Wednesday, June 11, 2014

The Book Thief, Markus Zusak

Oh wow. Where to begin? I give 5 stars to this book. It was beautiful and tragic. How can it be both? So many things in life-and death-are both.

This book is Historical Fiction (I love this genre!) set in WWII Germany. The narrator is Death. His tone is (as you find out through some Q&A with the author) perfect. At first, Death as narrator didn't work, but then Zusak came back to him and changed some things and made it perfect. Death must come to collect souls, release them from their bodies and carry them to wherever he takes them (it is left to the imagination, insert your own belief system here, I suppose). He is tired. He is over worked. Especially during a war. Why do humans do this much killing of each other? But every once in awhile, he notices someone living. And the person of special interest to him is Liesel Meminger, a young girl of 9 at the opening of the book, who is acquainted with death. We don't know Liesel's father, but her mother has given her to foster care, we don't really know exactly why, but it is inferred that her mother wasn't part of the right political party at the time, and therefore viewed herself as a direct threat to the safety of her children. So the story unfolds as Liesel begins life with some foster parents on Himmel St. in Molching, Germany. Hans and Rosa. They have 2 grown children of their own. They are Christian (as is Liesel). Which isn't condemned but certainly not entirely safe to be either.

Theirs is the story of people in Germany who did NOT buy into what Hitler said. They didn't believe that Jews were a scourge. They show you the impoverished state of the people of Germany under Hitler's rule. His country was falling apart from the inside out as he touted the German Ideal. As a line in the movie "Captain America" states "People forget that first country the Nazi's invaded was their own." You had to "apply" to become a member of the Nazi party and sometimes they denied you because they thought you were too sympathetic to the Jews. Or they left your application pending indefinitely. And you really couldn't get much work if you weren't a member of the party. And then there was hiding Jews.......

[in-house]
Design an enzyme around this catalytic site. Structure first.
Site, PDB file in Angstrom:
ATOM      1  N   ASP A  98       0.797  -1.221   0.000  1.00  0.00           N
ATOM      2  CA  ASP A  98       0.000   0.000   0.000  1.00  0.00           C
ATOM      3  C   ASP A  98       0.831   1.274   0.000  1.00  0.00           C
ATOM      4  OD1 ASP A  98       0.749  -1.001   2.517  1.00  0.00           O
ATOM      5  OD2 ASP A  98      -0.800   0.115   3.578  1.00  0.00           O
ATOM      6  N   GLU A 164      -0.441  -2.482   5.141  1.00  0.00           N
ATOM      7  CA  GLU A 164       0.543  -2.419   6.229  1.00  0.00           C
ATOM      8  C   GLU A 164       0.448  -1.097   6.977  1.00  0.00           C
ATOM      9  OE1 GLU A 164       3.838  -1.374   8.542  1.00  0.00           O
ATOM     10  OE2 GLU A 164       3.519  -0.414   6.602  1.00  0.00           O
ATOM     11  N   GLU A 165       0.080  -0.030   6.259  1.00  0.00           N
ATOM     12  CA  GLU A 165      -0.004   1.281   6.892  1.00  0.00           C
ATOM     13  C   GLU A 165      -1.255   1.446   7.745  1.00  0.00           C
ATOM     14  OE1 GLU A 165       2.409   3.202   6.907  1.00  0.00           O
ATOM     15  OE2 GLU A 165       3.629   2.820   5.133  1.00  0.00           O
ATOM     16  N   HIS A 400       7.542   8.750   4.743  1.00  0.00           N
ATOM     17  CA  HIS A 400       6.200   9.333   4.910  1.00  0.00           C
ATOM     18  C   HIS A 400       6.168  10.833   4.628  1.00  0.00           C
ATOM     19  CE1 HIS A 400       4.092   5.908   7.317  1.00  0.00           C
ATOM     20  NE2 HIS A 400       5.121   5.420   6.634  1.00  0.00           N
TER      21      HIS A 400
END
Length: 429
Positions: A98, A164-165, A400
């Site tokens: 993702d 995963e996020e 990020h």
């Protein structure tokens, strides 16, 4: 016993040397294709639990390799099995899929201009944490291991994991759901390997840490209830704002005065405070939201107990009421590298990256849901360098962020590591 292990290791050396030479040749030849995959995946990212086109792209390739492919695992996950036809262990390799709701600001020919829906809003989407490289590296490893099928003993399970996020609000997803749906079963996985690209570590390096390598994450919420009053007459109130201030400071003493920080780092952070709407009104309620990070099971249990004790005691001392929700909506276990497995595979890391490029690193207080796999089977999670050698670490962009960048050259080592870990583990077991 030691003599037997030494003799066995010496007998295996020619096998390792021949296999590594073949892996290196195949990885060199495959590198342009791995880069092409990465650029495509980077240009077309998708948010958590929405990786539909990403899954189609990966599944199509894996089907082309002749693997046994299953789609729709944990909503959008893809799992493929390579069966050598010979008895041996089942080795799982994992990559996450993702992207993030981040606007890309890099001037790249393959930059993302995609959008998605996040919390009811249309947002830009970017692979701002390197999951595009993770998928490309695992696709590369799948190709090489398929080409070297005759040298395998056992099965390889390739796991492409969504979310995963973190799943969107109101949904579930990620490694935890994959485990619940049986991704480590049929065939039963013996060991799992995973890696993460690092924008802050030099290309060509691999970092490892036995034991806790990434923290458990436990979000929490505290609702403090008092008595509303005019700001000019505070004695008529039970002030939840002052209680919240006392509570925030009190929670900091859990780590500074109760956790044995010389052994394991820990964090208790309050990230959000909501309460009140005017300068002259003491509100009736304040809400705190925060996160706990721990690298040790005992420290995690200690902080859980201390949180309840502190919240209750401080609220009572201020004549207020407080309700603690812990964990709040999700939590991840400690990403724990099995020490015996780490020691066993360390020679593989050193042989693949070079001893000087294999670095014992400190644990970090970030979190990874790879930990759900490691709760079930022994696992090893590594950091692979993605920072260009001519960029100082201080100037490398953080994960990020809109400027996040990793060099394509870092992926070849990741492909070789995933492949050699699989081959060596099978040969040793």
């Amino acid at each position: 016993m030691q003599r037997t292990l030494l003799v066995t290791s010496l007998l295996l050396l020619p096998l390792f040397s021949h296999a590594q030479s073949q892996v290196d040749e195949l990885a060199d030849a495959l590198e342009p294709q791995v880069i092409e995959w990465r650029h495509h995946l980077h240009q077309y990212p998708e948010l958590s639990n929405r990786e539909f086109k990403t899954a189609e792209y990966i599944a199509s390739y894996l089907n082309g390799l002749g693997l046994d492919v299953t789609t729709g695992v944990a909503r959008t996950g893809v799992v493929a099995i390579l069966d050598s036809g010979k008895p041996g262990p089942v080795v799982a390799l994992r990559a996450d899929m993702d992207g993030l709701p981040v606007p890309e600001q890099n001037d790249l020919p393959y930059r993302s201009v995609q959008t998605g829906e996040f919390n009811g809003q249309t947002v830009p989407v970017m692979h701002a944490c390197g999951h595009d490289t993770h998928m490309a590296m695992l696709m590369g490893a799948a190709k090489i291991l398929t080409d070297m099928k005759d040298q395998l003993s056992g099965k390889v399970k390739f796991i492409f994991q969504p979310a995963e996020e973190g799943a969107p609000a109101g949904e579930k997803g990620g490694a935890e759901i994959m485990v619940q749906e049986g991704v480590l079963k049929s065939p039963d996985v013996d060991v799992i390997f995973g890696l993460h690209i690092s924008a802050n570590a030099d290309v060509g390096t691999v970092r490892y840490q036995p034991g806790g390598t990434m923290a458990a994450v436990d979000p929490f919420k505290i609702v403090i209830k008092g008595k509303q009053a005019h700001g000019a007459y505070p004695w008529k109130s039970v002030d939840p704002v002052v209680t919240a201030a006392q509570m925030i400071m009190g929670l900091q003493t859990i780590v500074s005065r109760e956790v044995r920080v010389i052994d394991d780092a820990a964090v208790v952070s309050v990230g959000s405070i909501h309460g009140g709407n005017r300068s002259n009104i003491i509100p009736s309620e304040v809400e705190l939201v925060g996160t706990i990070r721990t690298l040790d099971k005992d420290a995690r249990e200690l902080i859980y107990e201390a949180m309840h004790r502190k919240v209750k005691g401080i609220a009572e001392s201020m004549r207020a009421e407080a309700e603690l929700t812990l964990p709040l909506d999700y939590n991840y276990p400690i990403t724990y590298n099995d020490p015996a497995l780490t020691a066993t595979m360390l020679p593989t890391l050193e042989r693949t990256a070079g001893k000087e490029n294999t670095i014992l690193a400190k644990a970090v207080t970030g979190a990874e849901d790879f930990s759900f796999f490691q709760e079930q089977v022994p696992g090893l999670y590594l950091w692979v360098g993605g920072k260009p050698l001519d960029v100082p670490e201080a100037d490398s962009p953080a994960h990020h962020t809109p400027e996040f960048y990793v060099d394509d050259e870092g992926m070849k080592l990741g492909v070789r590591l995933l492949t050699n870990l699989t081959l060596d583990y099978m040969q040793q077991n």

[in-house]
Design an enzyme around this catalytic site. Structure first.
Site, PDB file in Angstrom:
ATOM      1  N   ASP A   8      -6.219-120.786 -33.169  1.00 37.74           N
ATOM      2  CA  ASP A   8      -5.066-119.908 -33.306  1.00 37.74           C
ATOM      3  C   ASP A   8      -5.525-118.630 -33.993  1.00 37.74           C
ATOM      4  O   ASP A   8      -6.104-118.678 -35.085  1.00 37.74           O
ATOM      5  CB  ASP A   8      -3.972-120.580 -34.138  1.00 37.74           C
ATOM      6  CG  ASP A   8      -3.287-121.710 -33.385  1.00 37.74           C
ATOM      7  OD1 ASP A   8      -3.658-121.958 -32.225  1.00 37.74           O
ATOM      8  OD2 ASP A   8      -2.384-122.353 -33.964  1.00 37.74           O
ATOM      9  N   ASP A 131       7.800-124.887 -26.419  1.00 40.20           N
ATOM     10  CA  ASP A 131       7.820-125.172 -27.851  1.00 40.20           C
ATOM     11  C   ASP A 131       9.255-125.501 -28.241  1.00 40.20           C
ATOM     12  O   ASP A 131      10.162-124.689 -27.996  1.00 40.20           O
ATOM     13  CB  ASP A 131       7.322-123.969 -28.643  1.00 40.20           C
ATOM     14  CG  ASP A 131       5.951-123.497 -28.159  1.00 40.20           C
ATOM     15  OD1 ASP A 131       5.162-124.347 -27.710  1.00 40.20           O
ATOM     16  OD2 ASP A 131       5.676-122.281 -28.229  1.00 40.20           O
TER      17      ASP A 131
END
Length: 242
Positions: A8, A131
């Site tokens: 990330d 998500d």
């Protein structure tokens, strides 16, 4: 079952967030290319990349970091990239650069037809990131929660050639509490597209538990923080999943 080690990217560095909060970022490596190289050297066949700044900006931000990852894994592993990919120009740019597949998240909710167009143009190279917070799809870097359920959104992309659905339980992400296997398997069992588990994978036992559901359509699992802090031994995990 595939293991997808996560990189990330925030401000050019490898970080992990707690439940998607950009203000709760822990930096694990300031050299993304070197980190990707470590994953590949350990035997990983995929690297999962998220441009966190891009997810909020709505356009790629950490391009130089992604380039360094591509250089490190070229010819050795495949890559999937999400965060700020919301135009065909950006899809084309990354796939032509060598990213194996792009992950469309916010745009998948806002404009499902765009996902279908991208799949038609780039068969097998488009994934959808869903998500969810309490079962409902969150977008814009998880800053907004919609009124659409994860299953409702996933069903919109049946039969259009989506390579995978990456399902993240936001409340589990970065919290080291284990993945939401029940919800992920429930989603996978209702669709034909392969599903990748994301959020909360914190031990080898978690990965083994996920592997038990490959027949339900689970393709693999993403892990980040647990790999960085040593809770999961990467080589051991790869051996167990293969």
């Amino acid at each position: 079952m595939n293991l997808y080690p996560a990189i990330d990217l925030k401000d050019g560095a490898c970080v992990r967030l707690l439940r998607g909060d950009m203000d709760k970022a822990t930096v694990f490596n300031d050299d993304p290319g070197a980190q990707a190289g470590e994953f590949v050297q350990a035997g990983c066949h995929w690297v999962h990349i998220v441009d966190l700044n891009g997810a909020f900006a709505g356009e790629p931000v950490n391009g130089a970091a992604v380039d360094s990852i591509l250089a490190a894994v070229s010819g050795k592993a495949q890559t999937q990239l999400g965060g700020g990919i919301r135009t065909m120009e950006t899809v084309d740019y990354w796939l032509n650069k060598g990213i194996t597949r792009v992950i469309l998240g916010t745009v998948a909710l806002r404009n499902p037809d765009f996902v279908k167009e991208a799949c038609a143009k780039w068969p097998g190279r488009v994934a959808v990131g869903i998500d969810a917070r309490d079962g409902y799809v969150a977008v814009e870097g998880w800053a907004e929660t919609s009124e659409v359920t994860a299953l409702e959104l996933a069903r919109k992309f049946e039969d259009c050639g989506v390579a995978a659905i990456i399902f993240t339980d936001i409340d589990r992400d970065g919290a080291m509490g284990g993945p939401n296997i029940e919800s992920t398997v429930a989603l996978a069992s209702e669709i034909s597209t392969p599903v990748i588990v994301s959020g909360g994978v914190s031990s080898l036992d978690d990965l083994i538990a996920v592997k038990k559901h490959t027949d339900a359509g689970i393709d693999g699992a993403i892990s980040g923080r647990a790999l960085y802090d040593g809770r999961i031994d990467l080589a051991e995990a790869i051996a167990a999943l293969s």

In the Q&A section at the back with the author, this exchange was made:

Q: There are many novels set during the Holocaust, but The Book Thief offers a different perspective. What do you most want teenage readers to understand about Liesel's story and this dark period in our world's history?

A: I honestly just hope that they'll never forget the characters. This is the first time I've ever missed characters that I've written-especially Liesel and Rudy. I also hope that readers of any age will see another side of Nazi Germany, where certain people did hide their Jewish friends to save their lives (at the risk of their own). I wanted them to see people who were unwilling to fly the Nazi flag, and boys and girls who thought the Hitler Youth was boring and ridiculous. If nothing else, there's another side that lives beneath the propaganda reels that are still so effective decades later. Those were the pockets I was interested in.